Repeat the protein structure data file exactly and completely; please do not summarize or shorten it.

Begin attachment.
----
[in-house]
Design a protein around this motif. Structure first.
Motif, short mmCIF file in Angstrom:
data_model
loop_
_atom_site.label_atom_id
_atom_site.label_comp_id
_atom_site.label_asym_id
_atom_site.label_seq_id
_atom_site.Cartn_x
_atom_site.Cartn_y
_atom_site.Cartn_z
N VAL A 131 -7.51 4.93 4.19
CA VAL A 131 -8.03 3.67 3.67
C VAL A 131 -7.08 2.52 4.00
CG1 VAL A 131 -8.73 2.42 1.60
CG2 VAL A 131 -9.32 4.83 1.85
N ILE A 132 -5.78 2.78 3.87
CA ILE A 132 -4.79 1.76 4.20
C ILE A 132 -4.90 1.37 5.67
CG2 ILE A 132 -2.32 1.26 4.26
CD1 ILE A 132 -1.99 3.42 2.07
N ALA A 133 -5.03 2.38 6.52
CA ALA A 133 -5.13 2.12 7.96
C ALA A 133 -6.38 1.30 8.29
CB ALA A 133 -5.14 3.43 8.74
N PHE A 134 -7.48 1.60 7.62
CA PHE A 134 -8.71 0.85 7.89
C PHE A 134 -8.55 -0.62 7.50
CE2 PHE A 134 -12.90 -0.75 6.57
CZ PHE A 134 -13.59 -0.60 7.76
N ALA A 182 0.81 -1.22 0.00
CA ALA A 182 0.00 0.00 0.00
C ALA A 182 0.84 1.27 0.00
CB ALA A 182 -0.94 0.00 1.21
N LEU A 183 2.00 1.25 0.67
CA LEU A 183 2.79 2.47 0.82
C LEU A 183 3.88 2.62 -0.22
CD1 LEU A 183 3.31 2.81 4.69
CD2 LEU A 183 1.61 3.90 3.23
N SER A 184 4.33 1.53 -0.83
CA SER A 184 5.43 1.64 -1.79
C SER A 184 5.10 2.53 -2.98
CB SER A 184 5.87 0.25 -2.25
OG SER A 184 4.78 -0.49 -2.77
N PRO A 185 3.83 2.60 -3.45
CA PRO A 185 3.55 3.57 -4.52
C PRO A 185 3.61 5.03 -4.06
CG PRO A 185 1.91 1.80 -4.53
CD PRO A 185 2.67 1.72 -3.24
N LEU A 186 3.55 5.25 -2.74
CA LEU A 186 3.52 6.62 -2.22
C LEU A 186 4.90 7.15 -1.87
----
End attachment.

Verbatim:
[in-house]
Design a protein around this motif. Structure first.
Motif, short mmCIF file in Angstrom:
data_model
loop_
_atom_site.label_atom_id
_atom_site.label_comp_id
_atom_site.label_asym_id
_atom_site.label_seq_id
_atom_site.Cartn_x
_atom_site.Cartn_y
_atom_site.Cartn_z
N VAL A 131 -7.51 4.93 4.19
CA VAL A 131 -8.03 3.67 3.67
C VAL A 131 -7.08 2.52 4.00
CG1 VAL A 131 -8.73 2.42 1.60
CG2 VAL A 131 -9.32 4.83 1.85
N ILE A 132 -5.78 2.78 3.87
CA ILE A 132 -4.79 1.76 4.20
C ILE A 132 -4.90 1.37 5.67
CG2 ILE A 132 -2.32 1.26 4.26
CD1 ILE A 132 -1.99 3.42 2.07
N ALA A 133 -5.03 2.38 6.52
CA ALA A 133 -5.13 2.12 7.96
C ALA A 133 -6.38 1.30 8.29
CB ALA A 133 -5.14 3.43 8.74
N PHE A 134 -7.48 1.60 7.62
CA PHE A 134 -8.71 0.85 7.89
C PHE A 134 -8.55 -0.62 7.50
CE2 PHE A 134 -12.90 -0.75 6.57
CZ PHE A 134 -13.59 -0.60 7.76
N ALA A 182 0.81 -1.22 0.00
CA ALA A 182 0.00 0.00 0.00
C ALA A 182 0.84 1.27 0.00
CB ALA A 182 -0.94 0.00 1.21
N LEU A 183 2.00 1.25 0.67
CA LEU A 183 2.79 2.47 0.82
C LEU A 183 3.88 2.62 -0.22
CD1 LEU A 183 3.31 2.81 4.69
CD2 LEU A 183 1.61 3.90 3.23
N SER A 184 4.33 1.53 -0.83
CA SER A 184 5.43 1.64 -1.79
C SER A 184 5.10 2.53 -2.98
CB SER A 184 5.87 0.25 -2.25
OG SER A 184 4.78 -0.49 -2.77
N PRO A 185 3.83 2.60 -3.45
CA PRO A 185 3.55 3.57 -4.52
C PRO A 185 3.61 5.03 -4.06
CG PRO A 185 1.91 1.80 -4.53
CD PRO A 185 2.67 1.72 -3.24
N LEU A 186 3.55 5.25 -2.74
CA LEU A 186 3.52 6.62 -2.22
C LEU A 186 4.90 7.15 -1.87